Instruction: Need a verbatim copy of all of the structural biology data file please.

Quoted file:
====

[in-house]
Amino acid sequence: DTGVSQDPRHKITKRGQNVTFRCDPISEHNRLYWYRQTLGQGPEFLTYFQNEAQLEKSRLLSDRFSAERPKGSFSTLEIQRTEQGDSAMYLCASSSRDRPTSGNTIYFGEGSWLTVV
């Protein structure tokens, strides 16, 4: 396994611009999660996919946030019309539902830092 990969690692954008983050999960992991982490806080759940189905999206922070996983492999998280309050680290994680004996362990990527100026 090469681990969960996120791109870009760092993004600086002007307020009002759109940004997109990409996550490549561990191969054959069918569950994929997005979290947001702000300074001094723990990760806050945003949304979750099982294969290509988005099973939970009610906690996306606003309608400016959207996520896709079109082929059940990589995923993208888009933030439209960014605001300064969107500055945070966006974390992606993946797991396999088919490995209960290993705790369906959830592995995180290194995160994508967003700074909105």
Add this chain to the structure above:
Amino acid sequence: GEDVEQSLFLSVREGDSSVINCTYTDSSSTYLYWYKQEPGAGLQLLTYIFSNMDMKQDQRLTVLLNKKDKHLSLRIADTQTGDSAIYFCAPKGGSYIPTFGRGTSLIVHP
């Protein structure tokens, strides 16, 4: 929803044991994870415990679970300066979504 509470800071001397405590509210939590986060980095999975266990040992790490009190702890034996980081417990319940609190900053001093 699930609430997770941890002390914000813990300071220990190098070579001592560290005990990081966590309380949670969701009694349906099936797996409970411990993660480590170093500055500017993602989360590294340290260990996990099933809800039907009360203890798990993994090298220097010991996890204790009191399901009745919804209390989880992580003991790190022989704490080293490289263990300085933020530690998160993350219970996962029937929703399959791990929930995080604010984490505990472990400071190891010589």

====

[in-house]
Amino acid sequence: DTGVSQDPRHKITKRGQNVTFRCDPISEHNRLYWYRQTLGQGPEFLTYFQNEAQLEKSRLLSDRFSAERPKGSFSTLEIQRTEQGDSAMYLCASSSRDRPTSGNTIYFGEGSWLTVV
């Protein structure tokens, strides 16, 4: 396994611009999660996919946030019309539902830092 990969690692954008983050999960992991982490806080759940189905999206922070996983492999998280309050680290994680004996362990990527100026 090469681990969960996120791109870009760092993004600086002007307020009002759109940004997109990409996550490549561990191969054959069918569950994929997005979290947001702000300074001094723990990760806050945003949304979750099982294969290509988005099973939970009610906690996306606003309608400016959207996520896709079109082929059940990589995923993208888009933030439209960014605001300064969107500055945070966006974390992606993946797991396999088919490995209960290993705790369906959830592995995180290194995160994508967003700074909105």
Add this chain to the structure above:
Amino acid sequence: GEDVEQSLFLSVREGDSSVINCTYTDSSSTYLYWYKQEPGAGLQLLTYIFSNMDMKQDQRLTVLLNKKDKHLSLRIADTQTGDSAIYFCAPKGGSYIPTFGRGTSLIVHP
């Protein structure tokens, strides 16, 4: 929803044991994870415990679970300066979504 509470800071001397405590509210939590986060980095999975266990040992790490009190702890034996980081417990319940609190900053001093 699930609430997770941890002390914000813990300071220990190098070579001592560290005990990081966590309380949670969701009694349906099936797996409970411990993660480590170093500055500017993602989360590294340290260990996990099933809800039907009360203890798990993994090298220097010991996890204790009191399901009745919804209390989880992580003991790190022989704490080293490289263990300085933020530690998160993350219970996962029937929703399959791990929930995080604010984490505990472990400071190891010589």